Matt Harvey bounced back from a poor start with a pretty good one on Sunday afternoon in San Diego. He threw six innings,struck out six, walked none, and allowed two runs. He used just 86 pitches, 55 of which were strikes, before he was lifted for pinch hitter Andrew Brown. In total, that's a pedestrian start by Harvey's standards, but it's still a reasonably good showing for a major league starting pitcher.
PITCHf/x DATA (via Brooks Baseball)
|Pitch Type||Avg Speed||Max Speed||Count||Strikes / %||Whiffs / %|
|FA (Fastball)||95.59||97.73||47||30 / 63.83%||4 / 8.51%|
|CH (Changeup)||87.26||88.86||15||12 / 80.00%||7 / 46.67%|
|SL (Slider)||89.01||90.61||8||4 / 50.00%||1 / 12.50%|
|CU (Curveball)||83.42||86.41||16||9 / 56.25%||2 / 12.50%|
As far as pitch selection goes, this was on add outing for Harvey, who has almost always thrown his slider more often than his curveball and changeup. The change was really working for him in San Diego, as it generated swinging strikes just shy of 47 percent of the time he threw it. His overall swinging strike rate was 16.3 percent, which is outstanding.
Here's a plot of Harvey's pitches from the game. They were a bit more scattered than usual, as many of his misses were well outside of the strike zone. A couple of those pitches—the ones below the zone—got swings-and-misses, though.
Strikeout 1: Chase Headley, swinging
Strikeout 2: Chris Denorfia, swinging
Strikeout 3: Logan Forsythe, swinging
Strikeout 4: Will Venable, swinging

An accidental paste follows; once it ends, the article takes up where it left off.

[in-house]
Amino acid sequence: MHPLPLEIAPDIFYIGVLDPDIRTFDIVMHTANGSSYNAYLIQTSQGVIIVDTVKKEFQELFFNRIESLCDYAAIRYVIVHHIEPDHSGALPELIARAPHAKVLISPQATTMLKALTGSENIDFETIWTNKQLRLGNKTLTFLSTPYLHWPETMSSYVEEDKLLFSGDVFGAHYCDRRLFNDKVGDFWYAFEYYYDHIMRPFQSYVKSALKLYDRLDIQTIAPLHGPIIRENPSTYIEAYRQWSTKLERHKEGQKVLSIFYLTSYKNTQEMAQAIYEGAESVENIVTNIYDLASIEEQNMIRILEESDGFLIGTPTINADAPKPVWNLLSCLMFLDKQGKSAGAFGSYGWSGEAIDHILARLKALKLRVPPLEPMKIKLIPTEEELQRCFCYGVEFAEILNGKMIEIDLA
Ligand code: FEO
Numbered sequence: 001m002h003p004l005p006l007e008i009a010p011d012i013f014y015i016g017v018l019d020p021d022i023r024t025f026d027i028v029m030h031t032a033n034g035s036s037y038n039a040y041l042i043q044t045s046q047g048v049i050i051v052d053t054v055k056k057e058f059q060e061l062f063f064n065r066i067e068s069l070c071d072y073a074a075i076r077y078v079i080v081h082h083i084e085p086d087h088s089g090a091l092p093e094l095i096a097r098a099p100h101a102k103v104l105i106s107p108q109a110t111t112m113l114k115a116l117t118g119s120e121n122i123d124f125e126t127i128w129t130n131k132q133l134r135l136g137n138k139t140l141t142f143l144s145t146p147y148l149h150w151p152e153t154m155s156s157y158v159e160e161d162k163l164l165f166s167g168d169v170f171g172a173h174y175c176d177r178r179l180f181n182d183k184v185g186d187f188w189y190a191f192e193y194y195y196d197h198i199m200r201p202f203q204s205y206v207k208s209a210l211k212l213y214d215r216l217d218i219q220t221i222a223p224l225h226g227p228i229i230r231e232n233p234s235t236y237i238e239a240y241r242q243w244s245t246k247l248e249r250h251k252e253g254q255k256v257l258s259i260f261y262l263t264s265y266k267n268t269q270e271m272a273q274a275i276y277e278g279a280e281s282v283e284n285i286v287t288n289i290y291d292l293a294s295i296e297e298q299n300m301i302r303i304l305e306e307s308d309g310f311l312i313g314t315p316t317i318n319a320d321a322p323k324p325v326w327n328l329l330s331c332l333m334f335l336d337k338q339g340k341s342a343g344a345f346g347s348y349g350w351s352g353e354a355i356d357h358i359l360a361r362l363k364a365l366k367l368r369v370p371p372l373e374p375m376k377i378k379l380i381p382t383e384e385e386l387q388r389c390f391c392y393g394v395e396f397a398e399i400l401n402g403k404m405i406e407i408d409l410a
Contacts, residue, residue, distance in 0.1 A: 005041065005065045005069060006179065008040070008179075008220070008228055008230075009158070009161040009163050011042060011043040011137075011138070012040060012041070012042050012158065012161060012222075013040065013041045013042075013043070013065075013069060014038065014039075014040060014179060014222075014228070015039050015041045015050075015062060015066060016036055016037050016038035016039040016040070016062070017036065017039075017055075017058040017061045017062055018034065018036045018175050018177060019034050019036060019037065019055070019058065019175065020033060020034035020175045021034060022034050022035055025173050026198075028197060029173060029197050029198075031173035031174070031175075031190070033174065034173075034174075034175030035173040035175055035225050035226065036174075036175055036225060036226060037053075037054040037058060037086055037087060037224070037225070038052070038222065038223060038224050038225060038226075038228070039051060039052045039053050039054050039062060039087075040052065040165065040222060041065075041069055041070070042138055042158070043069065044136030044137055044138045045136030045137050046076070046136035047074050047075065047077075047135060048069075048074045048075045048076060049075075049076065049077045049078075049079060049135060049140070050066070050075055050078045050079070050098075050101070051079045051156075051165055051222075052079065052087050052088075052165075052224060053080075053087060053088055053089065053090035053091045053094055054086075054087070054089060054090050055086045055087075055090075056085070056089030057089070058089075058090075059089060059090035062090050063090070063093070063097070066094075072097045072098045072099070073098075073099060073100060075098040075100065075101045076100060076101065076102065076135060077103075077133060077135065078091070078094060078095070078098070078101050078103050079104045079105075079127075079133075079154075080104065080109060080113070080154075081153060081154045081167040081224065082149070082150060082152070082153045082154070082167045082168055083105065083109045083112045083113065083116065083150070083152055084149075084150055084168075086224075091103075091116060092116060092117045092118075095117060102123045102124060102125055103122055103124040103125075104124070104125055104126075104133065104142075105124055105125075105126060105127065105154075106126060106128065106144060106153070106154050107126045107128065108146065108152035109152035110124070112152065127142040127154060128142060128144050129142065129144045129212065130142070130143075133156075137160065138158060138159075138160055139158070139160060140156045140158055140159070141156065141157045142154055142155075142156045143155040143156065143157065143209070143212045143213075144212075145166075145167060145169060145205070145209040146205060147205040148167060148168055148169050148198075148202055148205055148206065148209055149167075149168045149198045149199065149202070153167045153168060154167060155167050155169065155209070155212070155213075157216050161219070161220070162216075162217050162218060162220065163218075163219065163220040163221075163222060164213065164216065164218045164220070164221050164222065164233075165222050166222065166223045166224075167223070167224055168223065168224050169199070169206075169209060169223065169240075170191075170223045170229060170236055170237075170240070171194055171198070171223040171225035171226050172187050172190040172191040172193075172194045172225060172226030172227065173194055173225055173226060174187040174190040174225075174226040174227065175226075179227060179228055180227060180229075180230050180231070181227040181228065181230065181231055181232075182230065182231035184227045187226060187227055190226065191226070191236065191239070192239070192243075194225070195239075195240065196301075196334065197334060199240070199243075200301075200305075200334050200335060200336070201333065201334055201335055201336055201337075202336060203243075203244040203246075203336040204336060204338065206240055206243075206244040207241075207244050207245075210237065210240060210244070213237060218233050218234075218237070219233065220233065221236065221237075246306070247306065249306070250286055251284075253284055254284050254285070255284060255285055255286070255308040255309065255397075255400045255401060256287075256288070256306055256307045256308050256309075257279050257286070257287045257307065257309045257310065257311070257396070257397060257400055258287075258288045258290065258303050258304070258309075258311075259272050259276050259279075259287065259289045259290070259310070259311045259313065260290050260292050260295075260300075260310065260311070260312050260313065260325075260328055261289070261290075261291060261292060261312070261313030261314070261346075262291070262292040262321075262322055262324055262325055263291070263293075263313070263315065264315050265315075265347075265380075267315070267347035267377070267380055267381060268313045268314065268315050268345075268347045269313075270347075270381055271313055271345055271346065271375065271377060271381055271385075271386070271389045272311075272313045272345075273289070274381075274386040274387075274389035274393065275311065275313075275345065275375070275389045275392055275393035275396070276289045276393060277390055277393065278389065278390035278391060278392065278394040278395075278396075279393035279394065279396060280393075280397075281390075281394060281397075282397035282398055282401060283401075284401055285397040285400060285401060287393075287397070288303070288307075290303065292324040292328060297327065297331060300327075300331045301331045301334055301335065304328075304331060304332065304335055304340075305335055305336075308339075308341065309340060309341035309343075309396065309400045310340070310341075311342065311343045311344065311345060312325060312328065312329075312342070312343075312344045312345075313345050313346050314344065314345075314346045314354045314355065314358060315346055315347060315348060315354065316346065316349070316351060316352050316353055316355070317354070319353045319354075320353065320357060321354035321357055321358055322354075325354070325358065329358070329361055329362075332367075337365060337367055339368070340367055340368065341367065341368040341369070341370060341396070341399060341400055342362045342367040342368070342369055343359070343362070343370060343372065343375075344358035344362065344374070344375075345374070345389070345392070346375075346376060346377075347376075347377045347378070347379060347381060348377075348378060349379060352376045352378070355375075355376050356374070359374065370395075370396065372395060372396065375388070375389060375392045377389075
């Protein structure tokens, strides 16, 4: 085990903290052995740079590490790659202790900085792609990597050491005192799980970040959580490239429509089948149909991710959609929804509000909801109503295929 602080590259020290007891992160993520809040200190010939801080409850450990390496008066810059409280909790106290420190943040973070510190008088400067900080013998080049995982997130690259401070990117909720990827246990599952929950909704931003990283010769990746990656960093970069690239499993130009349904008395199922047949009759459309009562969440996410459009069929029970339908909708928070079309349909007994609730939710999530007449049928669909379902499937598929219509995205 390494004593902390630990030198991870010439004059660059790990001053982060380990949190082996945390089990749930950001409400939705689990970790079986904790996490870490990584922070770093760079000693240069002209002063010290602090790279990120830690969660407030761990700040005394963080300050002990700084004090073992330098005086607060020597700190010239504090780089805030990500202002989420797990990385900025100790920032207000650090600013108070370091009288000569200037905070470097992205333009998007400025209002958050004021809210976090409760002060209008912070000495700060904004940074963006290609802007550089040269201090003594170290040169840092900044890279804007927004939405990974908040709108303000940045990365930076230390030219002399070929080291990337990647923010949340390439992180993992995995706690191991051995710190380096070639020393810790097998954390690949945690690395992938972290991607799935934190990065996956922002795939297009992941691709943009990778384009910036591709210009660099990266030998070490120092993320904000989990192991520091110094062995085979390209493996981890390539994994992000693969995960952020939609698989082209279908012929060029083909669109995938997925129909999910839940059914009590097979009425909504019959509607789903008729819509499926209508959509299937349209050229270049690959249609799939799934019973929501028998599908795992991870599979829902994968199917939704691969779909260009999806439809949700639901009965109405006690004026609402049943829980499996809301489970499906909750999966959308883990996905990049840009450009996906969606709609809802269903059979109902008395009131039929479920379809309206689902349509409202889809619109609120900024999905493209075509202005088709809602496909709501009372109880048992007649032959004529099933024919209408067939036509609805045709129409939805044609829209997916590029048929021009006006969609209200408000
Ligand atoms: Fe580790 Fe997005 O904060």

Strikeout 5: Chase Headley, looking
Strikeout 6: Chris Denorfia, swinging
WHERE HARVEY RANKS IN THE NATIONAL LEAGUE
Several stats indicate Harvey has been the best pitcher in the National League this year, but Claytown Kershaw still has a superior 1.80 ERA. That will most likely matter to the voters who determine the winner of the Cy Young. If Harvey can close the gap, though, and is not shut down before the end of the season, he still has a chance.
|NL Avg. SP||3.87||3.81||19.0||7.4||8.7|
HARVEY IN METS HISTORICAL CONTEXT
He may not be able to match Gooden or Seaver, but Harvey's strikeouts and walks per nine are the best of any of the four seasons below. And given the way pitchers are used now compared to the eras in which those two pitchers pitched, Harvey will always be at a slight disadvantage when it comes to average game score, a stat that rewards pitchers who go deep into games.
|Matt Harvey (2013)||171.2||2.25||187||31||66|
|R.A. Dickey (2012)||175.1||2.82||181||40||62|
|Dwight Gooden (1985)||197.2||1.64||188||50||70|
|Tom Seaver (1973)||203.2||1.86||175||44||69|